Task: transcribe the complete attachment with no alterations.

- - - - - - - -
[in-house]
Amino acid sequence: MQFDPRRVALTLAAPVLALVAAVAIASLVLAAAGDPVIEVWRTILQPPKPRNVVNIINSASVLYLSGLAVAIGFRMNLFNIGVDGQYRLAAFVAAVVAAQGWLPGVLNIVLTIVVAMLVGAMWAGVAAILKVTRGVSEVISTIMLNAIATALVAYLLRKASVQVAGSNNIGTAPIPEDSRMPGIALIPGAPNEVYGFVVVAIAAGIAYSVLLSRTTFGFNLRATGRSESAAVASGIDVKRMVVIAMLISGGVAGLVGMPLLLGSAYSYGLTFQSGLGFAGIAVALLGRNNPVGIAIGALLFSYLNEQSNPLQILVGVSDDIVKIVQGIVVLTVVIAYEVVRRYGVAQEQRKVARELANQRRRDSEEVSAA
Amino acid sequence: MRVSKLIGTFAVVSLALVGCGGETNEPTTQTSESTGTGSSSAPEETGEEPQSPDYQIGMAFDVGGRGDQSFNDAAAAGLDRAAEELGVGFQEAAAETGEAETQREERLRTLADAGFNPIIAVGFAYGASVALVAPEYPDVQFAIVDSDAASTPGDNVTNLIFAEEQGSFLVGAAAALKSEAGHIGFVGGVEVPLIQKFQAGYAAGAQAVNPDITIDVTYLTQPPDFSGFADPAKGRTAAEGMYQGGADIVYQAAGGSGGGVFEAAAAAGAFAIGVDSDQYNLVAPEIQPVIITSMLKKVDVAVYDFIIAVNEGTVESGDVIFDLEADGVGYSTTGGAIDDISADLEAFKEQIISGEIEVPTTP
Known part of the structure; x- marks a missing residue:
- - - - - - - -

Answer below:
[in-house]
Amino acid sequence: MQFDPRRVALTLAAPVLALVAAVAIASLVLAAAGDPVIEVWRTILQPPKPRNVVNIINSASVLYLSGLAVAIGFRMNLFNIGVDGQYRLAAFVAAVVAAQGWLPGVLNIVLTIVVAMLVGAMWAGVAAILKVTRGVSEVISTIMLNAIATALVAYLLRKASVQVAGSNNIGTAPIPEDSRMPGIALIPGAPNEVYGFVVVAIAAGIAYSVLLSRTTFGFNLRATGRSESAAVASGIDVKRMVVIAMLISGGVAGLVGMPLLLGSAYSYGLTFQSGLGFAGIAVALLGRNNPVGIAIGALLFSYLNEQSNPLQILVGVSDDIVKIVQGIVVLTVVIAYEVVRRYGVAQEQRKVARELANQRRRDSEEVSAA
Amino acid sequence: MRVSKLIGTFAVVSLALVGCGGETNEPTTQTSESTGTGSSSAPEETGEEPQSPDYQIGMAFDVGGRGDQSFNDAAAAGLDRAAEELGVGFQEAAAETGEAETQREERLRTLADAGFNPIIAVGFAYGASVALVAPEYPDVQFAIVDSDAASTPGDNVTNLIFAEEQGSFLVGAAAALKSEAGHIGFVGGVEVPLIQKFQAGYAAGAQAVNPDITIDVTYLTQPPDFSGFADPAKGRTAAEGMYQGGADIVYQAAGGSGGGVFEAAAAAGAFAIGVDSDQYNLVAPEIQPVIITSMLKKVDVAVYDFIIAVNEGTVESGDVIFDLEADGVGYSTTGGAIDDISADLEAFKEQIISGEIEVPTTP
Known part of the structure; x- marks a missing residue: